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BioDiversity In addition to the more conspicuous defects in the composition of restored communities, there are numerous features, such as soil structure and chemistry, composition of soil flora, populations of less conspicuous animals (including insects), and various aspects of ecosystem function, that in many instances may not be authentic. Only rarely have these been studied in any detail. On the positive side, however, the Arboretum’s restored communities have brought back into the landscape numerous plants and animals that had become rare or had even been eliminated locally. The entire project certainly represents an enormous contribution to what might be called the native diversity of the Madison area. The Arboretum’s restored tallgrass prairies, for example, are now among the largest prairies in Wisconsin, a state that had some 4.8 million hectares of prairie and savanna at the time of European settlement (Curtis, 1959). These prairies alone include more than 300 species of native plants. Some of them, including plants such as big bluestem grass (Andropogon gerardi), compass plant (Silphium laciniatum), and yellow coneflower (Ratibida pinnata), were extremely abundant in presettlement times, often dominating whole landscapes, but were virtually eliminated from the area by the time the restoration efforts at the Arboretum began. These now flourish in the restored communities, which also provide habitat for numerous rare species. Examples from the Arboretum’s collection include such rarities as the white-fringed orchid (Habenaria leucophaea), prairie parsley (Polytaenia nuttallii), smooth phlox (Phlox glaberrima), and wild quinine (Parthenium integrifolium)—all considered threatened or endangered, at least for the state. In general, the Arboretum itself probably has more biological diversity than any other area of comparable size in the state. This is due largely to the presence of the various restored communities. In short, the Arboretum’s experience shows that restoration of some native communities may be technically feasible under certain conditions. The ecological quality of the resulting communities may vary, but under proper conditions, it may actually be quite high, and restored communities may often resemble the historic community chosen as a model quite closely, at least in floristic composition. SOCIAL, ECONOMIC FACTORS At the same time, the experience of the Arboretum raises a number of questions about the cost of such projects and the social, political, and economic feasibility of carrying them out. Thus, in considering the environmental significance of the Arboretum’s restoration efforts, one should keep in mind that these efforts have been carried out under conditions that clearly limit their relevance to other situations. These conditions include first of all the fact that the Arboretum itself is part of a major university and that its work has been performed primarily for scientific and academic reasons. In other words, from the very beginning, this effort has benefited from its academic setting and has been justified as an experiment or as a way of creating communities for research, rather than as a way of coping with environmental, much less economic, problems. The second set of conditions that have contributed to the success of the Arboretum project were those directly related to the economic and ecological con-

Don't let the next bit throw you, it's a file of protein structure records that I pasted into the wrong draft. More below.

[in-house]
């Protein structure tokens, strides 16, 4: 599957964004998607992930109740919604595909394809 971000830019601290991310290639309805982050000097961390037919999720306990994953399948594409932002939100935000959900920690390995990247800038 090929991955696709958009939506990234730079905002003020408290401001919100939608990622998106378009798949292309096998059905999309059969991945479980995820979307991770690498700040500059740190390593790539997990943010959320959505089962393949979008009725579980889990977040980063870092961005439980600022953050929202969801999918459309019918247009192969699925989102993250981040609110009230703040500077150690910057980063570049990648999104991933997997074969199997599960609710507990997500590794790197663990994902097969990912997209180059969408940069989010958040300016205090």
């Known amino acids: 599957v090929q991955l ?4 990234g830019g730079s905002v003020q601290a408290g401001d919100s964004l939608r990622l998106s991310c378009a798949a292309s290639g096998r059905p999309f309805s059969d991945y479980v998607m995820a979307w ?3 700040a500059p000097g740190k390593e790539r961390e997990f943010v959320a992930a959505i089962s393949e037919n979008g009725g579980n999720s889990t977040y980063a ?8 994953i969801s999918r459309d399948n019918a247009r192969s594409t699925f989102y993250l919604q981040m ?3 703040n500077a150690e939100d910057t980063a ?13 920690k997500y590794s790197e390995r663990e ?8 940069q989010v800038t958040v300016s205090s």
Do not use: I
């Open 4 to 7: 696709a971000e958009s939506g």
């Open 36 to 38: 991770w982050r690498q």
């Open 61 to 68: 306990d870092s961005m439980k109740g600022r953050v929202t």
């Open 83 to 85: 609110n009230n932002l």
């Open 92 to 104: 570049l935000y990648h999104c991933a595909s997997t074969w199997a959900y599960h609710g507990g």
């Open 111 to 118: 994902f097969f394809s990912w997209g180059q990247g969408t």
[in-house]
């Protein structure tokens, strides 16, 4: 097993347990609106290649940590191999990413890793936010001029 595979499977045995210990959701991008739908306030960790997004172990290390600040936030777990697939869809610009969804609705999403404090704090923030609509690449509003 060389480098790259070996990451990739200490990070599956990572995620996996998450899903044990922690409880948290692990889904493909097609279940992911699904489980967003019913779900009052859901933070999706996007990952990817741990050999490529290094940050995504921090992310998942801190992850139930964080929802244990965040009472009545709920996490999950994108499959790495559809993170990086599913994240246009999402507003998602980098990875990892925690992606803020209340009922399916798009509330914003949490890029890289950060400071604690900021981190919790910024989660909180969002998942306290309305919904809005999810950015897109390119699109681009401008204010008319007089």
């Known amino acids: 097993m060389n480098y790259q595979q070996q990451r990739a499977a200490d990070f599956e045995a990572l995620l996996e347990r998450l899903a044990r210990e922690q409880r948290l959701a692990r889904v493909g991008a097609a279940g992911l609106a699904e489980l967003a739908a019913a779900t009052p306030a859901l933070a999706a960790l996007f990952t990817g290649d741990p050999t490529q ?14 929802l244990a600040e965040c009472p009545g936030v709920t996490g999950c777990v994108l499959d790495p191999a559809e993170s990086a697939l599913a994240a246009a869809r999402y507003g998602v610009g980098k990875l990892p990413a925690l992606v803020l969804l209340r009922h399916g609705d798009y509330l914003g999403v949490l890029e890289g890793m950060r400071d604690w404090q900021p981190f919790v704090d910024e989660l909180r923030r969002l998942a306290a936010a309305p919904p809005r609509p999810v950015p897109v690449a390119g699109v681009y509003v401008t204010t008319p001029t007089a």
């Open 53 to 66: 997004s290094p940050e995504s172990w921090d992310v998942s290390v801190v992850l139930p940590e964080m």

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BioDiversity ditions of the 1930s, notably the Great Depression and the Dustbowl. Together, these national calamities provided conditions (specifically, cheap land, free labor in the form of the Civilian Conservation Corps, and an incentive for ecological restoration) that proved crucial to the development of the Arboretum, but that have also reduced its value as a model for carrying out restoration projects in the real world outside academia. This point carries us outside the little world of the Arboretum to the larger world, where we have to ask a crucial question: What good is restoration? Is it likely to prove merely an academic pursuit or a pastime for environmentalists who happen to be interested in an unusual form of gardening? To just what extent and under what conditions can restoration be expected to contribute in a significant way to the conservation of diversity? These questions have not yet been dealt with systematically, as far as I am aware. But it is important that we begin to take them seriously. In general, given the interrelatedness of everything on Earth and the inevitability of change, it would seem that an ineluctable logic argues for the importance of restoration as part of any comprehensive strategy for the conservation of biological diversity. Critical as it may be as part of such a strategy, preservation has serious defects. Basically, it is a one-way strategy that offers no way of responding to change or recouping losses. By itself, any such approach is clearly inadequate because in a changing world the quality of the environment is ultimately going to depend not simply upon the amount of land we manage to set aside and to preserve but upon the equilibrium we are able to maintain between the forces of destruction—or change—on the one hand and the forces of recovery on the other. All things considered, and despite its various limitations, it seems likely that restoration will ultimately play an important role in determining the position of this equilibrium. This being the case, the questions raised above and a whole host of corollary questions and issues take on a great deal of urgency. Can we restore ecological systems? And if so, how authentic will the results be? Which communities lend themselves to restoration, and which are likely to prove more difficult—or even impossible—to restore? To what extent can we hope to re-create communities specifically designed to provide habitat for rare and endangered species? What needs to be known in order to restore a system effectively—and efficiently? What is the state of the art for the restoration of various communities, and what currently limits the effectiveness of restoration techniques for these systems? What sorts of research need to be undertaken in order to refine these techniques? Beyond these questions about the technical feasibility of restoration, there are the various social, economic, and political questions: How much will it cost? Who will be expected to pay for it, and why? How will the costs compare with those of preservation or with the natural recovery of disturbed systems? What incentive will society have for restoring naturally diverse communities rather than for simply reclaiming land for some other purpose such as agriculture? In general, what incentives can be found for restoring communities—incentives that will ensure that restoration is actually accomplished and that its potential for contributing to biological diversity is effectively exploited? In fact, there are a number of such incentives, including some traditional ones such as the creation of habitat for fish and game and the use of prairies as pasture